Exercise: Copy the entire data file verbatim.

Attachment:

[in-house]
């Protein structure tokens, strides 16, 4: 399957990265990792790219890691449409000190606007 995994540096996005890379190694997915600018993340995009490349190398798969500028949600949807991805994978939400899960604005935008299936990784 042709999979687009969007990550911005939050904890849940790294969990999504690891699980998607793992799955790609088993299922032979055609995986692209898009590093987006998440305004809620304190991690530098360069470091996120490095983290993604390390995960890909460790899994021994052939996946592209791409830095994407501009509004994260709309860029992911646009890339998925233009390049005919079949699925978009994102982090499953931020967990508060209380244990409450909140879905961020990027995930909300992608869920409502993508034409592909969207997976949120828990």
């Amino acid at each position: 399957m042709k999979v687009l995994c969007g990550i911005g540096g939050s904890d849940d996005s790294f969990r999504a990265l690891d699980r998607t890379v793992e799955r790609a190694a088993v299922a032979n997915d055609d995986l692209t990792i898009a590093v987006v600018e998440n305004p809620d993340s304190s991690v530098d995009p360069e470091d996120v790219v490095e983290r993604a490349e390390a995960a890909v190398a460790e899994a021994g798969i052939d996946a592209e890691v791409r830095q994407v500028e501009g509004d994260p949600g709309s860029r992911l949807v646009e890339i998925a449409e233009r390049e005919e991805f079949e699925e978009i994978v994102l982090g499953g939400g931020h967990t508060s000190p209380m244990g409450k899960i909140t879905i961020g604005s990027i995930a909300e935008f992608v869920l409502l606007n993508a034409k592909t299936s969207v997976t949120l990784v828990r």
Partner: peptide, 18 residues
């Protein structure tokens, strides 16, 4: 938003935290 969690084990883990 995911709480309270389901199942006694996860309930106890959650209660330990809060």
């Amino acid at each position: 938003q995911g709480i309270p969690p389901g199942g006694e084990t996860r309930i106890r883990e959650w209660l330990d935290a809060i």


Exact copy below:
[in-house]
């Protein structure tokens, strides 16, 4: 399957990265990792790219890691449409000190606007 995994540096996005890379190694997915600018993340995009490349190398798969500028949600949807991805994978939400899960604005935008299936990784 042709999979687009969007990550911005939050904890849940790294969990999504690891699980998607793992799955790609088993299922032979055609995986692209898009590093987006998440305004809620304190991690530098360069470091996120490095983290993604390390995960890909460790899994021994052939996946592209791409830095994407501009509004994260709309860029992911646009890339998925233009390049005919079949699925978009994102982090499953931020967990508060209380244990409450909140879905961020990027995930909300992608869920409502993508034409592909969207997976949120828990």
């Amino acid at each position: 399957m042709k999979v687009l995994c969007g990550i911005g540096g939050s904890d849940d996005s790294f969990r999504a990265l690891d699980r998607t890379v793992e799955r790609a190694a088993v299922a032979n997915d055609d995986l692209t990792i898009a590093v987006v600018e998440n305004p809620d993340s304190s991690v530098d995009p360069e470091d996120v790219v490095e983290r993604a490349e390390a995960a890909v190398a460790e899994a021994g798969i052939d996946a592209e890691v791409r830095q994407v500028e501009g509004d994260p949600g709309s860029r992911l949807v646009e890339i998925a449409e233009r390049e005919e991805f079949e699925e978009i994978v994102l982090g499953g939400g931020h967990t508060s000190p209380m244990g409450k899960i909140t879905i961020g604005s990027i995930a909300e935008f992608v869920l409502l606007n993508a034409k592909t299936s969207v997976t949120l990784v828990r």
Partner: peptide, 18 residues
């Protein structure tokens, strides 16, 4: 938003935290 969690084990883990 995911709480309270389901199942006694996860309930106890959650209660330990809060």
């Amino acid at each position: 938003q995911g709480i309270p969690p389901g199942g006694e084990t996860r309930i106890r883990e959650w209660l330990d935290a809060i």